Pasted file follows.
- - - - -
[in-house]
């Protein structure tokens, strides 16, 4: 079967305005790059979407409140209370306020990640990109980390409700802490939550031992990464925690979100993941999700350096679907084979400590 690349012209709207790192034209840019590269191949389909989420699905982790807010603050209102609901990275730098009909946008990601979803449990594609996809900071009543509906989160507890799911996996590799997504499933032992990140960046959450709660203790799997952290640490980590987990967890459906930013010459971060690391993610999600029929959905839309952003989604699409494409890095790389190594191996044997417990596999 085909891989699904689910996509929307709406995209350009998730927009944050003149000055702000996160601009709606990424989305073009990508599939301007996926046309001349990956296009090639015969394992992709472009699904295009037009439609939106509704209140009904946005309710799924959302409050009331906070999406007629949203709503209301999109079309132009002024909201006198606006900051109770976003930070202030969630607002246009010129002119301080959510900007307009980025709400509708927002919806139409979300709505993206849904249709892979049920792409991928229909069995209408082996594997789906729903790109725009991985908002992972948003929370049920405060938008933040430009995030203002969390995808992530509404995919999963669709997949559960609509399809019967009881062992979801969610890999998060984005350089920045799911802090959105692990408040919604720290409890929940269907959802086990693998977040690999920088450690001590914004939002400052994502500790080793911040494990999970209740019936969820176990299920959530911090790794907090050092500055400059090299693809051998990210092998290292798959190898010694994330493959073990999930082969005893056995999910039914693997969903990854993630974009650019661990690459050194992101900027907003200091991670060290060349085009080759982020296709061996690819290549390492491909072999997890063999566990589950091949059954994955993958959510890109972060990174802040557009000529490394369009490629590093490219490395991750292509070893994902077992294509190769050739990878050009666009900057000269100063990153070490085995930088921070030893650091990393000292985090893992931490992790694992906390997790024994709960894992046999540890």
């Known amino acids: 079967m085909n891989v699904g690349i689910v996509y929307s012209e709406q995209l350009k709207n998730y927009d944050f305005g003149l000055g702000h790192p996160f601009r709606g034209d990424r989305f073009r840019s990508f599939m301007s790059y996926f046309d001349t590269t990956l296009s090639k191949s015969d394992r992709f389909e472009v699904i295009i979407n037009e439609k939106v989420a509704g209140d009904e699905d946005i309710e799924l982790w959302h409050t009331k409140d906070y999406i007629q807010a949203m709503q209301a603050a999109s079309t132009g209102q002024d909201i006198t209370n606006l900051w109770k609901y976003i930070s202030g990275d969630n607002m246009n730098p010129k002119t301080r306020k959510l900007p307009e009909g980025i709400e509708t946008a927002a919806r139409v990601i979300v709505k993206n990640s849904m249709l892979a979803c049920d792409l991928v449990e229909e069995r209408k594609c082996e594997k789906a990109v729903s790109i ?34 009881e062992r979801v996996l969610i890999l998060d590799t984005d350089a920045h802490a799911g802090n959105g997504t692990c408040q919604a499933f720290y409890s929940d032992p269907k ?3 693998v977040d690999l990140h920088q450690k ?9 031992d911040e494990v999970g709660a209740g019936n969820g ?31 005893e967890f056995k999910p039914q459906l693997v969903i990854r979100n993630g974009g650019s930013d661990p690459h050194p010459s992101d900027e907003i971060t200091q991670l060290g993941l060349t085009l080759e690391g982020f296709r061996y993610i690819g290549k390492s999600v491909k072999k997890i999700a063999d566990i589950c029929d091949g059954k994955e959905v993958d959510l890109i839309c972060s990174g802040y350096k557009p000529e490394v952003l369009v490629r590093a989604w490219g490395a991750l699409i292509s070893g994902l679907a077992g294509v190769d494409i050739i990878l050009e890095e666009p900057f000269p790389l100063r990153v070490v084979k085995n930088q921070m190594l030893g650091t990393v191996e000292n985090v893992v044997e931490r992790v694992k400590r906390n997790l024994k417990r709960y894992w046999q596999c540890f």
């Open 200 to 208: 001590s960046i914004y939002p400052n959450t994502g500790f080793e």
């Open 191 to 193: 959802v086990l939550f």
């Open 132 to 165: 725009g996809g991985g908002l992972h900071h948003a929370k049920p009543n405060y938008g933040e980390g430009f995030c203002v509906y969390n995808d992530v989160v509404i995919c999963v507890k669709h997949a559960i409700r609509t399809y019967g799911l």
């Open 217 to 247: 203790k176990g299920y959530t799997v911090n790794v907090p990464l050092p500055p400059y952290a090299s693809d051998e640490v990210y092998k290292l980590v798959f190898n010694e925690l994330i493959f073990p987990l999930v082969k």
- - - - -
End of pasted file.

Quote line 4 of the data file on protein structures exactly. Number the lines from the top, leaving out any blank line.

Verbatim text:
């Open 200 to 208: 001590s960046i914004y939002p400052n959450t994502g500790f080793e």